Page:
James says that pure and undefiled religion is to keep oneself unstained by the world (James 1:27). Certainly, we should run from sin. But before he says that, James says that true religion is simply to visit widows and orphans in their distress. The Bible says that people will know we are Christians by our love (John 13:35). Perhaps the world would stand up and take positive notice of the church if evangelicals, when they profess to be pro-life, actually meant it and acted as if they were pro-ALL-life.

To be pro-life means to fight for more than just unborn American babies. It must be categorical. It means being pro-life for babies already born in 3rd world countries suffering from malnutrition, malaria, and dysentery. It means being pro-life for AIDS victims, both the innocent girl in Africa and the homosexual man in the Western world. It means being pro-education and opportunity for the teenager who may be tempted to have an abortion. It means being pro-clean water, pro-adequate housing, and pro-religious freedom in countries with tyrannical governments. It means being pro-life for children living as child soldiers. We may say, "but what can I do? The problem of suffering is insurmountable." But even our highest of hopes is realistic. In my experience, even just a small amount of money by American standards can save the life of an AIDS orphan. A few dollars can provide vaccines for kids that will protect them for the rest of their lives. In terms of evangelism, even just 1,000 dollars a year can support a missionary and his family for a whole year in a third world country, allowing the gospel to be shared with hundreds of lost people.

I feel increasingly convicted that Americans, myself included, are becoming more and more materially selfish. What we classify as needs are really just wants. We indulge ourselves, no just in our personal home life, but in our churches as well, with posh facilities and extravagant activities. To say we should significantly cut back would be taking the moderate view. If we actually did exactly what Jesus seemed to be saying, we would sell all our possessions, as He told the rich young ruler to, and answer the call He made to the disciples, who completely walked away from their nets and collection tables.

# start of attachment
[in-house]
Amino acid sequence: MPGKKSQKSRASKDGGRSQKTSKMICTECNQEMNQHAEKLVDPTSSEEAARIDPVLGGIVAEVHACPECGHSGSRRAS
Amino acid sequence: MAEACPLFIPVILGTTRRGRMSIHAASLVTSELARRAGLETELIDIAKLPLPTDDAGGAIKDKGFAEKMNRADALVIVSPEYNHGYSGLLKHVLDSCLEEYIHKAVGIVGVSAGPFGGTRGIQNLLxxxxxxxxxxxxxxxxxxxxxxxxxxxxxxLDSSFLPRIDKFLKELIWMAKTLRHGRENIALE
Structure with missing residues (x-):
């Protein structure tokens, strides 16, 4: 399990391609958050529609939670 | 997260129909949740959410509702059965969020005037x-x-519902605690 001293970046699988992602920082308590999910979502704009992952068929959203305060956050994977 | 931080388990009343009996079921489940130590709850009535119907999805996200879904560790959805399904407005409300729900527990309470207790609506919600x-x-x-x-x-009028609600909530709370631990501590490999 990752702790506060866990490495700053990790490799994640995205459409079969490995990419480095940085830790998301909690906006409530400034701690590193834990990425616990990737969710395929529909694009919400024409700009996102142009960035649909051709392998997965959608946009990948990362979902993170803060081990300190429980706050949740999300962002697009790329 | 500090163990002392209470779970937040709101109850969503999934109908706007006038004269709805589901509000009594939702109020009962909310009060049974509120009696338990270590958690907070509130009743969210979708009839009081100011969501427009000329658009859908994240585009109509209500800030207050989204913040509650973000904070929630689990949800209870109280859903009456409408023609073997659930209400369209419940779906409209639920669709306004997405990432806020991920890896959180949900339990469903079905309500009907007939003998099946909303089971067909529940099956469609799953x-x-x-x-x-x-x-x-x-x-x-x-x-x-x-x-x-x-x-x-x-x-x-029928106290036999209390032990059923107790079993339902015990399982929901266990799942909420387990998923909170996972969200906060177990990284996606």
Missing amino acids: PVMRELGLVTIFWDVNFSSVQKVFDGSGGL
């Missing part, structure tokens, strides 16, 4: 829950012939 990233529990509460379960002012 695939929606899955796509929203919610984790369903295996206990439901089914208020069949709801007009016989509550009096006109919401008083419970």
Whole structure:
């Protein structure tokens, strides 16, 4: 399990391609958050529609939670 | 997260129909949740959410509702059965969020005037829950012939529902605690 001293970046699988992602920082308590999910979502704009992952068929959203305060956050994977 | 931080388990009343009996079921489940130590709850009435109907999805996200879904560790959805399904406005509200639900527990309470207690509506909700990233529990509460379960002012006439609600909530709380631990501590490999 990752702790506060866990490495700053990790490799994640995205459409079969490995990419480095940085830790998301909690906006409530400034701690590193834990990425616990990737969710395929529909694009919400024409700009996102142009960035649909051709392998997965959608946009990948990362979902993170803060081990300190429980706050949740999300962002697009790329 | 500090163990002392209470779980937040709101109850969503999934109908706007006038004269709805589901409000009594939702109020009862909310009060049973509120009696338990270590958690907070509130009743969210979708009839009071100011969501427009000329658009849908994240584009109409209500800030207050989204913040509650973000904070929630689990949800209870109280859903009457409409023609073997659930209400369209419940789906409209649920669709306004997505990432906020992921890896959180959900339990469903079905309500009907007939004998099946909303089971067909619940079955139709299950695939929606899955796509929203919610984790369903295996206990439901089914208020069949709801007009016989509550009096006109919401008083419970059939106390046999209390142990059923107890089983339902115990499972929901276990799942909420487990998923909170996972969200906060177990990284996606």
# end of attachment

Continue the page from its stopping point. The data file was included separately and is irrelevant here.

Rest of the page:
The church in America sometimes seems like a sleeping giant, or like a scattered army with a noble, yet limited agenda. There is so much we could be doing in the world, yet we leave it for the few. We have to ask ourselves, what exactly as a Christian community do we want to be remembered for. Hostility or compassion? For saying, "don't", or for actually doing? For addressing one or two issues with fervor, or for leaving no suffering untouched by the compassion inherent in the gospel message? I am consistently grieved by the legacy evangelicalism is leaving for itself. It's time to wake up the giant.

Amanda Held is a songwriter from Nashville, Tenn., who has significant
missions experience, most recently a 6-month stint in India.